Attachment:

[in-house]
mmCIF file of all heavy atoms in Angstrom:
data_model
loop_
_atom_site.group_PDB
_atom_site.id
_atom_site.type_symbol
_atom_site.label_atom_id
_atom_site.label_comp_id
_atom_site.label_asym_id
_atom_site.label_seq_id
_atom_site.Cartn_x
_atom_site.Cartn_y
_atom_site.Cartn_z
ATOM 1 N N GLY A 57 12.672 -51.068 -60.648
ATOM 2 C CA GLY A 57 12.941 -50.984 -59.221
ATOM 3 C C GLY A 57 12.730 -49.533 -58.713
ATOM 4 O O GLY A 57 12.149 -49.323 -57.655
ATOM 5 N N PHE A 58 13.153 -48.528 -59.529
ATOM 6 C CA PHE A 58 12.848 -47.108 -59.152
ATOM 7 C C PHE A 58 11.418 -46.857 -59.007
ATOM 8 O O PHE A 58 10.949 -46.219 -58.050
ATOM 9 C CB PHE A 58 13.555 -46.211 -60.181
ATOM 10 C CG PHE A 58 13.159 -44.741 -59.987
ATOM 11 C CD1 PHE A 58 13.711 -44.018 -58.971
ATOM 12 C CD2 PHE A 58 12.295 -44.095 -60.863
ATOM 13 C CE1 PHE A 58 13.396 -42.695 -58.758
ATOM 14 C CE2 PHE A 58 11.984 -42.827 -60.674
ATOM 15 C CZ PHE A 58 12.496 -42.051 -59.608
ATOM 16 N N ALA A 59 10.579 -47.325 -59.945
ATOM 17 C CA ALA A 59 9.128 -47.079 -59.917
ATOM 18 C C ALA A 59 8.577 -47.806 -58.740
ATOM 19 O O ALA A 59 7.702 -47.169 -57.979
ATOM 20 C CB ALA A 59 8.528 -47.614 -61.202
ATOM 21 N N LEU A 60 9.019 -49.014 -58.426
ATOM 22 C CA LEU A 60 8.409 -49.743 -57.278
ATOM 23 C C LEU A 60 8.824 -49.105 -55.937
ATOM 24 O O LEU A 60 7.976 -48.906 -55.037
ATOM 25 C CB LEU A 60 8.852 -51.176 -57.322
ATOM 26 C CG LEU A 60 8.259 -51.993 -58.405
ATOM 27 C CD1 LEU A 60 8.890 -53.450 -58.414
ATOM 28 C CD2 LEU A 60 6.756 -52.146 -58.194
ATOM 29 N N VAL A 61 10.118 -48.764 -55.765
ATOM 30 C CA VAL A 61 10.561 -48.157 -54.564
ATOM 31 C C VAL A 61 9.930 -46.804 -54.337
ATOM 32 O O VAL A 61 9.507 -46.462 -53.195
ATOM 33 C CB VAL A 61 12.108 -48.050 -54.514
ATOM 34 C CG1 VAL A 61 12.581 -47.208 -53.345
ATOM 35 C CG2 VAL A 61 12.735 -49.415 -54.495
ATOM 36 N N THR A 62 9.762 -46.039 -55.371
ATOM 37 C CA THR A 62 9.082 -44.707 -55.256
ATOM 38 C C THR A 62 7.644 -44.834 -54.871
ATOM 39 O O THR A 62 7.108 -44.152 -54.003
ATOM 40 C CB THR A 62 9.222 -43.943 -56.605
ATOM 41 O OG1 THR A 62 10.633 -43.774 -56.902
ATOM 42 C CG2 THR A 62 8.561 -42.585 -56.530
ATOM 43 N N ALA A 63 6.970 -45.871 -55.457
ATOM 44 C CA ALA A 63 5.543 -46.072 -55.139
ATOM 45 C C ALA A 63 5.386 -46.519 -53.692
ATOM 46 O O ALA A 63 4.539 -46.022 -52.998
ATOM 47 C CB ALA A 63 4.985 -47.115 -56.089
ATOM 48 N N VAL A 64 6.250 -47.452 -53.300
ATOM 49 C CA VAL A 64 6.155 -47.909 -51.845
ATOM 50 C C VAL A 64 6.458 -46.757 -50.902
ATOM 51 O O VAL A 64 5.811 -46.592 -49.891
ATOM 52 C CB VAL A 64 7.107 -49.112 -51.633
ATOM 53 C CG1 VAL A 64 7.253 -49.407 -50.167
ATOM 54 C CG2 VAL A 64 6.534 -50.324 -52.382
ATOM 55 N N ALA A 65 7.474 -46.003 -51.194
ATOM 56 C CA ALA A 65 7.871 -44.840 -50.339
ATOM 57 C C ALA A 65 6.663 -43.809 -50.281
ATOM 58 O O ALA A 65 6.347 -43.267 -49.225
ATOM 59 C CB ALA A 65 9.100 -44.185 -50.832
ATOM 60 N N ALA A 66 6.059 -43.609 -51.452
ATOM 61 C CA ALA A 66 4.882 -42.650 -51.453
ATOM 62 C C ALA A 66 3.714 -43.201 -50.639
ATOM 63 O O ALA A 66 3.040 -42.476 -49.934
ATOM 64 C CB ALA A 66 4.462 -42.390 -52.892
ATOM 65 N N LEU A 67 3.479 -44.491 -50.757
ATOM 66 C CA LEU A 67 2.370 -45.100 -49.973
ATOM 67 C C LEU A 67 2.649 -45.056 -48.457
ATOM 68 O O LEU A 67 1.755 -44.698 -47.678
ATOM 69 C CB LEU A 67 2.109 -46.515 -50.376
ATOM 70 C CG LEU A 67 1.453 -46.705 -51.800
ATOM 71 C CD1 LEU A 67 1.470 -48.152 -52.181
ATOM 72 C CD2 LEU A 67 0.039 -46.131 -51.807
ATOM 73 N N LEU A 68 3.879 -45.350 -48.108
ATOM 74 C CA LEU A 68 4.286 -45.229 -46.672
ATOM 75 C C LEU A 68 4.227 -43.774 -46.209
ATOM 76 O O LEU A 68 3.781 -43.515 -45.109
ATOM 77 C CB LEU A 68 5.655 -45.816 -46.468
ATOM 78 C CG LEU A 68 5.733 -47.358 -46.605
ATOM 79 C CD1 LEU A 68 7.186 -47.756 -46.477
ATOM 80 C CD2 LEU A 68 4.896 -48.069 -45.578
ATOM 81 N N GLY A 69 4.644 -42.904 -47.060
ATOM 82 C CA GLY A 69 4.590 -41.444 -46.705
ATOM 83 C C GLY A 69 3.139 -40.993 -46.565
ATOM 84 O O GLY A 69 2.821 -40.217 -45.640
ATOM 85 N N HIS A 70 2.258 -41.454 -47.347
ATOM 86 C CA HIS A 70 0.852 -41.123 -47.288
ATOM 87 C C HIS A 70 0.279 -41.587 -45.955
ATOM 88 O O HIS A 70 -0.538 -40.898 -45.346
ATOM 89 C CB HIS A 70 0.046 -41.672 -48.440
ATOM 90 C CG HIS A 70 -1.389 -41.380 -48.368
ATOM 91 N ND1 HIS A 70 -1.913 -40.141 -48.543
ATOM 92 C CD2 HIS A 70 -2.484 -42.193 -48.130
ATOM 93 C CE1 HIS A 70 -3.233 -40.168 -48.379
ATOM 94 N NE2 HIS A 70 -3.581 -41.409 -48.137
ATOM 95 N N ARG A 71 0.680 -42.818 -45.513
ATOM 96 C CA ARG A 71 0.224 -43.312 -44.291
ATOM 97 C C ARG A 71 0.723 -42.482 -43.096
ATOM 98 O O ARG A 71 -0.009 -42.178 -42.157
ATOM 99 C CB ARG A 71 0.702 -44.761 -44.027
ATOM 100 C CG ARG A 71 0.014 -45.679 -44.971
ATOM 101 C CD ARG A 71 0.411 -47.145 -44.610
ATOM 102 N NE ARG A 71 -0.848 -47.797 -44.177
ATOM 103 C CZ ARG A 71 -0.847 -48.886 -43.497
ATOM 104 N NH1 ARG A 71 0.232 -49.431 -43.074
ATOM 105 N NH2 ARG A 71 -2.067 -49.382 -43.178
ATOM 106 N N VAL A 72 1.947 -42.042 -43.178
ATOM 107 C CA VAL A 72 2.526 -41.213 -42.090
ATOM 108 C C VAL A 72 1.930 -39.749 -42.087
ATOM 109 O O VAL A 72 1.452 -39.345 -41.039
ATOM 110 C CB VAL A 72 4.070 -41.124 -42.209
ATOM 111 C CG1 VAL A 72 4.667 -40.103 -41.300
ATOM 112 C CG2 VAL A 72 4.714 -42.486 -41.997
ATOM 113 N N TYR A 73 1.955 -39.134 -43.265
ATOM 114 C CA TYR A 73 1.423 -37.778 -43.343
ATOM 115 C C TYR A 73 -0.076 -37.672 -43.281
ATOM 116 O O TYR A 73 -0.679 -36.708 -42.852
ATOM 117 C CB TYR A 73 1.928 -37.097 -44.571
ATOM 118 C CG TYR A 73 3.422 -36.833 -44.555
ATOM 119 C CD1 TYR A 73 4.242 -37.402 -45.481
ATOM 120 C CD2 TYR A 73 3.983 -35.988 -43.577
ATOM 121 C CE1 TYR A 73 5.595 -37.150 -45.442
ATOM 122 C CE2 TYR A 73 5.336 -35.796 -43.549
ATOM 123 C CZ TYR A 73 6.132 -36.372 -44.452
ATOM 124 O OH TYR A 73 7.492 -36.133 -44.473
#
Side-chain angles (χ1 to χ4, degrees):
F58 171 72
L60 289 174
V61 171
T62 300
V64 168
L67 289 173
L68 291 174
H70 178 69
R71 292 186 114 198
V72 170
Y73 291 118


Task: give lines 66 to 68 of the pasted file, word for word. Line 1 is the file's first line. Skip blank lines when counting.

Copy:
ATOM 52 C CB VAL A 64 7.107 -49.112 -51.633
ATOM 53 C CG1 VAL A 64 7.253 -49.407 -50.167
ATOM 54 C CG2 VAL A 64 6.534 -50.324 -52.382